Late winter, with its wild temperature swings, creates perfect conditions for ranchers, says John Jennings, professor-forage specialist for the University of Arkansas System Division of Agriculture.
"Adding legumes brings many benefits to forage system sustainability," he says. "Legumes in grass pastures improve animal performance, increase nutritional quality of hay and pasture, extend grazing seasons, and reduce the need for nitrogen fertilizer."
In a 2011 survey, more than 40 percent of Arkansas producers reported having added clover to pastures within the past five years and more than 25 percent grow clover to help dilute fescue endophye toxicity.
"Site selection is important for maintaining good legume stands," Jennings says. "Avoid shallow, droughty soils and sites with very low soil fertility or heavy weed infestation."
Legumes can be planted into fescue and cool-season grass sods during fall or in late winter.
"Planting in late winter -- February to early March -- is sometimes called 'frost-seeding' because freezing and thawing of soil helps work the legume seed into the soil surface," he says.
Good clover stands can be established with a no-till drill or by broadcast seeding. No-till drills should be calibrated and set to plant the seed no more than a half-inch deep. Fields should be clipped or grazed as closely as possible to remove the grass canopy and excess thatch before planting.
In heavy grass residue, no-till drills perform poorly and broadcast seed will not reach the soil surface. Closely grazed grass stubble of 2 inches or less is ideal. Roughing up the short sod by pulling a harrow, tire drag, or even a cedar tree across the field exposes soil and improves legume establishment.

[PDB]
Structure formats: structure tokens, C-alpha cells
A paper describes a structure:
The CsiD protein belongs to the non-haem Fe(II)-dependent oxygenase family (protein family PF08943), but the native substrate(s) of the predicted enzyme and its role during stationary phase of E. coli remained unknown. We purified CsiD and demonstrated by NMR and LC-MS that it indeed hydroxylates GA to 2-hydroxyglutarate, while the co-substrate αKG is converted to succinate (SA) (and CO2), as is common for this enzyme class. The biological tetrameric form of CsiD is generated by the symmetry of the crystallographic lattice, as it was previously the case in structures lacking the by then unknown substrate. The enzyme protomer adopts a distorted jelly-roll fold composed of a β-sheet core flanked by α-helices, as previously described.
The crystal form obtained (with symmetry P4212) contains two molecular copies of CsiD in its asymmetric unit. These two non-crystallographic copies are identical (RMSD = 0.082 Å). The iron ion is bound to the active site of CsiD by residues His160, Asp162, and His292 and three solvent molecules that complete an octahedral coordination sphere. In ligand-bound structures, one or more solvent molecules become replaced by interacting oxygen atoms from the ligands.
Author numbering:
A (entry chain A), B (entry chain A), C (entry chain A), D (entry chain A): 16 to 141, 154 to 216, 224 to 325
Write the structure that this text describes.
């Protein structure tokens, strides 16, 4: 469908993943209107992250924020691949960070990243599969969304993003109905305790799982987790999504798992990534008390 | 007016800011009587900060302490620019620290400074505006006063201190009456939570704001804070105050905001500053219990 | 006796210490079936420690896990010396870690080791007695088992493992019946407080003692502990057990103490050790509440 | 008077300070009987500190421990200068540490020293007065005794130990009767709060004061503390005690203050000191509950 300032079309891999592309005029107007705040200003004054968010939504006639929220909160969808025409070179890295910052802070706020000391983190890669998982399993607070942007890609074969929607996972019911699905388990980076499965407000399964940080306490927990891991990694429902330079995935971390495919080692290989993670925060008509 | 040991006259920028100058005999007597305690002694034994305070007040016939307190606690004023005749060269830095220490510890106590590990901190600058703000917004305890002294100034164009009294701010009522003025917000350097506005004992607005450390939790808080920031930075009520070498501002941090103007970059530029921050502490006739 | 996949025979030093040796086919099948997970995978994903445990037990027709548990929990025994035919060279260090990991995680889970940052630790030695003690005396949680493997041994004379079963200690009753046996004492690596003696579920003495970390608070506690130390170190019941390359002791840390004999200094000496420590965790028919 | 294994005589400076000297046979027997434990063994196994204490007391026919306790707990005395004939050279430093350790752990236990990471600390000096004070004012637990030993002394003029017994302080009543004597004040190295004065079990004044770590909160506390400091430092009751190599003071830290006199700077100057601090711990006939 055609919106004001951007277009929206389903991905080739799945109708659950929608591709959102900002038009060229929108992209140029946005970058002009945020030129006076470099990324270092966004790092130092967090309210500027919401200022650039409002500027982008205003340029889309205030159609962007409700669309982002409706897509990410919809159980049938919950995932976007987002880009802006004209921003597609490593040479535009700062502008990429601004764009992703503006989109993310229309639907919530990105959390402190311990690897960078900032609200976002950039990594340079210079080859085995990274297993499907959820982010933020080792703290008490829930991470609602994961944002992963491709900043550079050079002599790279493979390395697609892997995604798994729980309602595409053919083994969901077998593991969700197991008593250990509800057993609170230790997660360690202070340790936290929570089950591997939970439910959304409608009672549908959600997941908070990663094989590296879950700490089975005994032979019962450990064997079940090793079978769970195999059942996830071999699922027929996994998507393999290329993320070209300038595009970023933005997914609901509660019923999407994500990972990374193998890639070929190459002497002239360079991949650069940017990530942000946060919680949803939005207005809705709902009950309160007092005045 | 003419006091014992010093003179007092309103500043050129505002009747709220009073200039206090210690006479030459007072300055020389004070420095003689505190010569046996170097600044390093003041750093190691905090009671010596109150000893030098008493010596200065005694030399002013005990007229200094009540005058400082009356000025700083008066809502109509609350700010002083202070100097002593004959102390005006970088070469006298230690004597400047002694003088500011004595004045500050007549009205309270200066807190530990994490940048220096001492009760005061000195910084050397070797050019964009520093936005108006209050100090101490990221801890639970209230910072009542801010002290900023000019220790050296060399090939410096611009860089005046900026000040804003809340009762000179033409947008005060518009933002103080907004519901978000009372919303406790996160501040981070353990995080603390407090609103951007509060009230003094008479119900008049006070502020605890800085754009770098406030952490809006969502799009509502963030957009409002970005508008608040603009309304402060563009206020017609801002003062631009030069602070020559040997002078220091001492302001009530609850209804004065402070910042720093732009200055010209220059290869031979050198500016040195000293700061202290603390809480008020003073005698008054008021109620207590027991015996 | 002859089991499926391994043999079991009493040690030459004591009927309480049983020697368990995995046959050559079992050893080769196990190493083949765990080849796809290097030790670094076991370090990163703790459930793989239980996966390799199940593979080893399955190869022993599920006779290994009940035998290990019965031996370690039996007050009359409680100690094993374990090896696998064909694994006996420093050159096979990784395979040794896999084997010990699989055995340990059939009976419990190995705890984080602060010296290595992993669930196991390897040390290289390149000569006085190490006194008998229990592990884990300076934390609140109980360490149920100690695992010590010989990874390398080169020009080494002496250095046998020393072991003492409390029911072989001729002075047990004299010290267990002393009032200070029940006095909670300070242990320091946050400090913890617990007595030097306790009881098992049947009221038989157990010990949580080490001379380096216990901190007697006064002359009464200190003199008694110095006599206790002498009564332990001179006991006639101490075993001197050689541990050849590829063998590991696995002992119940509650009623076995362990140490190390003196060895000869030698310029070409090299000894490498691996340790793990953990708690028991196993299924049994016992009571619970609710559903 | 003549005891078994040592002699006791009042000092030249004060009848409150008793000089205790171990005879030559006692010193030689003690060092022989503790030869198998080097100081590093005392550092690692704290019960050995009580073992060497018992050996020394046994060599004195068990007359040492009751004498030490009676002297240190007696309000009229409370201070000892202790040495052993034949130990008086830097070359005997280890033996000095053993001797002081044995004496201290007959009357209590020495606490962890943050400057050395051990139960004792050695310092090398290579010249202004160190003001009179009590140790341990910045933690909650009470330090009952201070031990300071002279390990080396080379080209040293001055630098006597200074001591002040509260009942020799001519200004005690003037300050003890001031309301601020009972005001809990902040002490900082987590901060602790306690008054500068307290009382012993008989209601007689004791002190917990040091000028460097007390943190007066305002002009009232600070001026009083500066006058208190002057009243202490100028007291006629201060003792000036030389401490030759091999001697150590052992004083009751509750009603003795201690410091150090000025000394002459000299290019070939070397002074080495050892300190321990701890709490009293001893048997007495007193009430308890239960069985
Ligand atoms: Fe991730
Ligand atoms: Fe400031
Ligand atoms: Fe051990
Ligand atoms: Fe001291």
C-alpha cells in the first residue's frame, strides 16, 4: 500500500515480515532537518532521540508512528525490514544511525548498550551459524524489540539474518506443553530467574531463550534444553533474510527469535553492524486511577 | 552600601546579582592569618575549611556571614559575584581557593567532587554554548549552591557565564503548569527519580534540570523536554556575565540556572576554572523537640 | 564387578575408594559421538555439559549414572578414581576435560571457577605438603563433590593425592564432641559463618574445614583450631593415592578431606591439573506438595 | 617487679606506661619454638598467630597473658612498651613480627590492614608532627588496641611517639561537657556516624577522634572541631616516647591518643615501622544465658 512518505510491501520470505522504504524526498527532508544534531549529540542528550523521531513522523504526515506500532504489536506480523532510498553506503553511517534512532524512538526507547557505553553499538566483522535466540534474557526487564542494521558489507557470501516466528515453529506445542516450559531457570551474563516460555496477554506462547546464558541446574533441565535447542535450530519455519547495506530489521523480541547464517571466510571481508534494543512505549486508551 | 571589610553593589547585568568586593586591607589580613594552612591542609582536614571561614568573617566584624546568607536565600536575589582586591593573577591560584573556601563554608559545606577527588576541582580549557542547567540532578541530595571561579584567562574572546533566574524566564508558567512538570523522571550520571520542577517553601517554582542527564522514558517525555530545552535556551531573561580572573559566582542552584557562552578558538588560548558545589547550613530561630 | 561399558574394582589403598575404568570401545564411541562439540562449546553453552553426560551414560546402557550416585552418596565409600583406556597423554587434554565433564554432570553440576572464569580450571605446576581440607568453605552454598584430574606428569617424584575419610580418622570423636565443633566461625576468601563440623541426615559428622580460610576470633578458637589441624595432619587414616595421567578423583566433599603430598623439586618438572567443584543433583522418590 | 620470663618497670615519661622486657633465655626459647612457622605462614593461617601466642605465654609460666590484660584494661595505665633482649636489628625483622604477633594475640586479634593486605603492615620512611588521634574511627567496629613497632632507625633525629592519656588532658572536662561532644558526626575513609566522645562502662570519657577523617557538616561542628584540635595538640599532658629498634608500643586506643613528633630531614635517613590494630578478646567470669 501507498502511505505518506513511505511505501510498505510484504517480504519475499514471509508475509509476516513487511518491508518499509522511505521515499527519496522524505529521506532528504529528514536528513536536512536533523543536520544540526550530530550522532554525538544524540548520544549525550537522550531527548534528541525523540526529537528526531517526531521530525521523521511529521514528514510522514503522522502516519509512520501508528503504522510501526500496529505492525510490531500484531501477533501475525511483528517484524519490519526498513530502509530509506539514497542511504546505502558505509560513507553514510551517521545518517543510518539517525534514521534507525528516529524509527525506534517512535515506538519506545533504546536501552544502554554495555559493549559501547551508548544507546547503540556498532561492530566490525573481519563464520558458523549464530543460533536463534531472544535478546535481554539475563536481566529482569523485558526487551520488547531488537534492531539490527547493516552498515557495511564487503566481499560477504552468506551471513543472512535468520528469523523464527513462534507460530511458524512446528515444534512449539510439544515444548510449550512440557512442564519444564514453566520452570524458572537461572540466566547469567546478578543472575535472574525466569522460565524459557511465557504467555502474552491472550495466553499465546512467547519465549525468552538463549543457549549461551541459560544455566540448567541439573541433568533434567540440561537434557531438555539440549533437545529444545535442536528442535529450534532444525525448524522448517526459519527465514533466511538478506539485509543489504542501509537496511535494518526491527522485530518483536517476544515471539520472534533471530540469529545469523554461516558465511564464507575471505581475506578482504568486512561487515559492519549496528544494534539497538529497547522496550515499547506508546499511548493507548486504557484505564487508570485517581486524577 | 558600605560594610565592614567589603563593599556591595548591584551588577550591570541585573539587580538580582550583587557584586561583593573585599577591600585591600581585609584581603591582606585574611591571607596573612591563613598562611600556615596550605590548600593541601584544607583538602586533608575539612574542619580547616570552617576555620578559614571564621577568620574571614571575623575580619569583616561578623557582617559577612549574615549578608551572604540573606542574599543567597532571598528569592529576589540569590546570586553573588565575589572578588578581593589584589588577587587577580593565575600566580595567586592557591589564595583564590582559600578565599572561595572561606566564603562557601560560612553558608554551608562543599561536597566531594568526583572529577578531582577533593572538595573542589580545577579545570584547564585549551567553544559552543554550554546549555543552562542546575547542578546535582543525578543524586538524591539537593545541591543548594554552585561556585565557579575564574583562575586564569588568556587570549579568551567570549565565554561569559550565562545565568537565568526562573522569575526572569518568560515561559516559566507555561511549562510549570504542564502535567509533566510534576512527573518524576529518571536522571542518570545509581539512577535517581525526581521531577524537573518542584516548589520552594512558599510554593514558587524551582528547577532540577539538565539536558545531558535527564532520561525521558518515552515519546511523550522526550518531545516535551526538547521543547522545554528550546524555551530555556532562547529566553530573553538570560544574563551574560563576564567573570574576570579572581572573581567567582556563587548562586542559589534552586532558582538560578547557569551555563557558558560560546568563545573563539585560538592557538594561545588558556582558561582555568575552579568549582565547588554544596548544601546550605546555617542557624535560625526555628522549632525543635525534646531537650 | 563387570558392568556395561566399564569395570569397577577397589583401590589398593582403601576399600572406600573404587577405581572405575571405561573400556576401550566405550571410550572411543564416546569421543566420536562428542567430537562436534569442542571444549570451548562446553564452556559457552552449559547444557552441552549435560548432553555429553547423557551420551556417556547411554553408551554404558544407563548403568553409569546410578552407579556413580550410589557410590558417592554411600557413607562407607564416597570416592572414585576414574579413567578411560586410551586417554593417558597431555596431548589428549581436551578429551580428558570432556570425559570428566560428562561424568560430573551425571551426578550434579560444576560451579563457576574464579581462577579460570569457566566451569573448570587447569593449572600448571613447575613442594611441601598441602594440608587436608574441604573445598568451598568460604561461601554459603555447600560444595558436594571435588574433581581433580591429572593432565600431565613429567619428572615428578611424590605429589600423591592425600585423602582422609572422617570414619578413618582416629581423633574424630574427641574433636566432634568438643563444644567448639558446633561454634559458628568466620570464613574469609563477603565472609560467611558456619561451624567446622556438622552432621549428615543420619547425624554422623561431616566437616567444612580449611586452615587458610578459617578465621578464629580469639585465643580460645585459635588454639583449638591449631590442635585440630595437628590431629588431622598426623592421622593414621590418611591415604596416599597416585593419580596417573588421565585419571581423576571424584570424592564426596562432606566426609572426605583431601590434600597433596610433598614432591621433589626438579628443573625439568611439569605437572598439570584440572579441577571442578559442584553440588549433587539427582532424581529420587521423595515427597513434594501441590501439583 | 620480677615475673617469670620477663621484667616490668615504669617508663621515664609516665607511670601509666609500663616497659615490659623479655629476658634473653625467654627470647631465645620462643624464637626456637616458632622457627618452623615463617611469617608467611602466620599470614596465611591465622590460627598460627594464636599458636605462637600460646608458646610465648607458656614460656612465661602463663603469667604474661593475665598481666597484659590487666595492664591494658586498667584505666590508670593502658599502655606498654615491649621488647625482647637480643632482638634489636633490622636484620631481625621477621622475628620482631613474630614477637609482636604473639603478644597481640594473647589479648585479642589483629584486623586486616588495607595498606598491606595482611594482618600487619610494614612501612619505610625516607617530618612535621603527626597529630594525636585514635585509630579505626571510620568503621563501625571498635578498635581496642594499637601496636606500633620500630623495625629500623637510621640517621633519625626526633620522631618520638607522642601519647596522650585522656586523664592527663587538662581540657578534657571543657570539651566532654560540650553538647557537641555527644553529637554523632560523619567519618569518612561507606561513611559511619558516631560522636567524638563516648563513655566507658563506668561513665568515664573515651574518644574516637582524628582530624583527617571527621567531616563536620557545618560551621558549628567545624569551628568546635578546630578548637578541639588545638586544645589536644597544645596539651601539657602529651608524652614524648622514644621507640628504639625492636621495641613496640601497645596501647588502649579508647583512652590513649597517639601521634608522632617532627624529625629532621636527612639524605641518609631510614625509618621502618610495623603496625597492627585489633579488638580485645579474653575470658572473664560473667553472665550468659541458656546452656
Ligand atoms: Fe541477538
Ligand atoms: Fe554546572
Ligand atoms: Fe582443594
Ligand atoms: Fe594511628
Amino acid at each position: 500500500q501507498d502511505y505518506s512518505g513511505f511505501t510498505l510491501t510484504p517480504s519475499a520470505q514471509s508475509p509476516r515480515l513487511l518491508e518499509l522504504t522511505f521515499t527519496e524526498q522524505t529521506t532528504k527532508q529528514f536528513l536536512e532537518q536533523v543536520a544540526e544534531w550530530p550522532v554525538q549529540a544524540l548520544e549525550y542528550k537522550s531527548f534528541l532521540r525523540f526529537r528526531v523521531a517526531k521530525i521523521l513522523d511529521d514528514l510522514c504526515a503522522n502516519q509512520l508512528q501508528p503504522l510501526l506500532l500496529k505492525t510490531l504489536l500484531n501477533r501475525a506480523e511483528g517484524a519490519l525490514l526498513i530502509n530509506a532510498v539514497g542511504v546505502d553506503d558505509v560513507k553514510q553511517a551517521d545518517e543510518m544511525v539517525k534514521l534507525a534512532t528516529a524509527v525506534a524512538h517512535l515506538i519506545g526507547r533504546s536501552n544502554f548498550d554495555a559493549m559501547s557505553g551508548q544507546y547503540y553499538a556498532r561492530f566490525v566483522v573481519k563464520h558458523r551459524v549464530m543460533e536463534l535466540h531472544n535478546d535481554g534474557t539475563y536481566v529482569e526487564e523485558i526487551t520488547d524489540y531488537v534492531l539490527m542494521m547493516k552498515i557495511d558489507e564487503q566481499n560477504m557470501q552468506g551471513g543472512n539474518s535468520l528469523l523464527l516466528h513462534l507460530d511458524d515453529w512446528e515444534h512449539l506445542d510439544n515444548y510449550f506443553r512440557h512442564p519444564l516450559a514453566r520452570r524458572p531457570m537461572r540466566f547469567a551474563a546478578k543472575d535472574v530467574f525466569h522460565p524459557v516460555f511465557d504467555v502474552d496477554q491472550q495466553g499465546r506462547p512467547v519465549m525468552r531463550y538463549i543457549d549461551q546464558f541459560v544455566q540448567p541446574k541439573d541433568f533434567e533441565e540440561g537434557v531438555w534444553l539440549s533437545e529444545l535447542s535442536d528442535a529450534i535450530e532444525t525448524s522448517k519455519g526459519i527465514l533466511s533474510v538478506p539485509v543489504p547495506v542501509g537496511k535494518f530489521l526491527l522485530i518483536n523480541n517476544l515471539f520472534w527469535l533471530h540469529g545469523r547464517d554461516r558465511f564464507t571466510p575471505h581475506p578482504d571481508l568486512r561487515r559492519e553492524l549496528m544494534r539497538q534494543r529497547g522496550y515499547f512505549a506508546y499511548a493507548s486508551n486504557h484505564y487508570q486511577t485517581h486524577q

Seeds that drop onto a slightly loosened soil surface will become anchored in place by action of frost or rain. White clover is the most popular clover in Arkansas. Seeding rate is 2-3 pounds per acre. Red clover is a better option for hay production. Seeding rate is 8-10 pounds per acre.
Adequate soil fertility is necessary for good root growth and stand persistence. Nitrogen fertilizer isn't needed for establishing legumes in grass sods. To obtain fertilizer and lime recommendations for overseeding legumes, ask for soil test code No. 116, "Legumes Over-seeded into Grass Sod," when submitting soil samples to the county extension office.
Grazing for Weed Control
Weed control in mixed grass and legume pastures is a common concern.
"Reducing the reservoir of weed seeds in the soil before planting legumes should be of primary focus, since few options are available for controlling weeds once legumes are established in pastures," Jennings says. " Several good herbicides and management practices can be used to reduce weed populations in grass pastures prior to planting legumes. Heavy grazing pressure may control certain weeds."
After legumes have been planted, pastures should be grazed early in spring to reduce grass competition while the clover seedlings are emerging. It is recommended to continue grazing the grass canopy until the legume plants begin to emerge to control competition from the grass and allow more sunlight to reach the new seedlings.
As new seedlings emerge, remove livestock until the legumes reach sufficient size for grazing or hay harvest. "Sufficient size" of the legume will vary with species and intended use of the legume.
If the legume is being used for grazing, turn-in livestock when the legume is about 6 -10 inches in height and remove the livestock when it has been grazed down to 3 inches. Rotational grazing will allow for more total yield produced over the growing season and will aid in maintaining the stand.
Photo above: Clover adds nutritional value to forages while cutting the need for nitrogen fertilizers (U of Arkansas System Division of Agriculture file photo courtesy John Jennings).